If Cubans are sent back, would they face persecution?

By , Staff correspondent of The Christian Science Monitor

Federals officials are trying to determine the answer to a key question: Will the 42,000 refugees who have fled to the United States face persecution if returned to Cuba?

If so, they will likely be allowed to stay.

If not, they like the Haitian refugees now in south Florida, face deportation.

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In the case of the Haitians, official are convinced these refugees will wuffer only poverty, not persecution, if returned.

Monitor interviews with dozens of Cuban refugees here indicate the most of the Cubans coming to the US in the past few weeks have not been politically active againts the regime of President Fidel Castro.

Although a minority of those arriving in the US have served prison sentences in Cuba for anticommunist acts, the vast majority of the refugees have simply grumbled at the system for years and now have leaped at the chance for a better life in the US.

Their only so-called political act against the Castro government has been to leave their country. But even this was done with the approval of the Castro regime.

Yet almost to a person, these refugees say they would almost certainly be put in jail, or worse, if returned.

One young medical student here said she almost certainly would not be allowed to resume her studies. And a number of working persons said they would be forced to take menial jobs at much lower pay than their previous work. In addition, some said they would face more of the kind of social pressures -- insults, objects thrown at their houses -- which they faced just prior to their leaving the country.

"This act of coming here is a political act," said one Cuban worker as he sat with several other men on a cot in one of the 30- person tents. He and other refugees are convinced they would pay dearly for this act if returned.

Haitians make the same point, but they are not believed by federal officials.

Wayne Joy, who heads the Immigration and Naturalization Service (INS) screening here says: "Technically, these people [Cubans] are saying they will persecuted fo their political beliefs. Mostly they're opposed to the communist system."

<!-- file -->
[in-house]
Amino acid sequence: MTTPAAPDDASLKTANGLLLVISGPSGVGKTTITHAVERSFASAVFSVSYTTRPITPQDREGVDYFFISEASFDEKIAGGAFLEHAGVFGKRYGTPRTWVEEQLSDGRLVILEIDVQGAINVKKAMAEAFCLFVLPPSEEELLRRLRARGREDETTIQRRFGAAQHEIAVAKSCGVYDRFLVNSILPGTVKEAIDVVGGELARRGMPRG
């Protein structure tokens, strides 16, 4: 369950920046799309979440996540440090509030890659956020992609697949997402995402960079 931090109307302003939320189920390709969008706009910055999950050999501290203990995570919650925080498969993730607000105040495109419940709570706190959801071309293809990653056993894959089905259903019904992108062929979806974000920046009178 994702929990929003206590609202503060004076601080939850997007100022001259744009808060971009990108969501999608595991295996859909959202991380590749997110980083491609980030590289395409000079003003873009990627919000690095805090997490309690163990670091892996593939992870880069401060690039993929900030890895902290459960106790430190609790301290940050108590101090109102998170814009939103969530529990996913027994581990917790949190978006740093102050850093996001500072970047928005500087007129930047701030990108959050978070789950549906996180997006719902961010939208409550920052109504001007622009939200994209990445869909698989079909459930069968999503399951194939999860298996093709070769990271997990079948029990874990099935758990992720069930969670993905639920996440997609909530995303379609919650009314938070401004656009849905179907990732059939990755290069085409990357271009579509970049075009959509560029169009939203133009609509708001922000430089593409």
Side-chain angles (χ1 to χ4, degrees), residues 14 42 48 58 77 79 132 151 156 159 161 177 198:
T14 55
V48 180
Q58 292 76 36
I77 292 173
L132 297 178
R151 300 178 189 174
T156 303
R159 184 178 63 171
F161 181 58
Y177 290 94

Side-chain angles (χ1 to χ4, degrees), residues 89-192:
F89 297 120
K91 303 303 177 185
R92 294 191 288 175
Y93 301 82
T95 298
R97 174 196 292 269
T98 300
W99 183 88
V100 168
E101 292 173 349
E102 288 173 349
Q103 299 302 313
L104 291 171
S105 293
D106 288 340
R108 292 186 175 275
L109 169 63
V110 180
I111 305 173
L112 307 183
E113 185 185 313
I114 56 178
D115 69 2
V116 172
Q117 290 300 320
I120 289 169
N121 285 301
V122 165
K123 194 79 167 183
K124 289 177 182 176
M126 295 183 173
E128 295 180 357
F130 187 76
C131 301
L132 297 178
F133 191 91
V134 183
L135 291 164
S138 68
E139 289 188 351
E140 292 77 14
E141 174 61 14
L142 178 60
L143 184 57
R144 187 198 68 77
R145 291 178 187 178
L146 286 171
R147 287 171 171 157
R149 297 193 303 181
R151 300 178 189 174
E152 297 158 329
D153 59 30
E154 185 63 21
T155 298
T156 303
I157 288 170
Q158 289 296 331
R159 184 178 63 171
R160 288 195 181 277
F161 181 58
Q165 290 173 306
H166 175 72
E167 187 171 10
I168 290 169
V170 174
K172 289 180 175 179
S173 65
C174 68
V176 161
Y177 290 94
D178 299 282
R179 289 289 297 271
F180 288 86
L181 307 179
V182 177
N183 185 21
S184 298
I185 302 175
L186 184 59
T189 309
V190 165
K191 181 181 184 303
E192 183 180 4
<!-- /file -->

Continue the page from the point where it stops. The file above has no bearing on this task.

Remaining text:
In an interview, Mr. Joy confirmed the findings of this newspaper that most of the refugees have committed no act against the Castro government other than to leave the island.

Based strictly on US receptions of earlier waves of Cuban refugees, it would seem that few of the new arrivals face deportation. "There have been no large numbers expelled in the past," Mr. Joy acknowledged with a smile at a press conference.

But privately, INS officials admit to confusion. No federal guidelines have been issued, for example, under the new refugee act which recently went into effect. And there seems to be little communication between the White House and regional INs officials who will make the decisions about who stays.

In late April, Miami INS director Richard Norris reportedly said some of the Cubans may be classified as "economic" refugees -- a classification given to almost of the Haitians. These Haitians face deportation.

Earlier this month, President Carter spoke of welcoming the refugees with "open arms." Since then, White House press secretary Jody Powell has said that some of the refugees without relatives in the US "may not be allowed to stay." On May 14, President Carter said some criminals had been detected among the refugees. He said the US government "will not permit our country to be used as a dumping ground."

PResident Cartet mentioned only 400 criminals. These, according to INS officials here, are suspected of having commited theft, murder, prostitution, or other offenses in Cuba. But some 40 percent of the refugees here (at "Camp Liberty" where refugees requiring more thorough investigation are sent) have admitted some criminal background, Mr. Joy told the Monitor. Include in this group are persons jailed for several years for stealing bananas or chickens.

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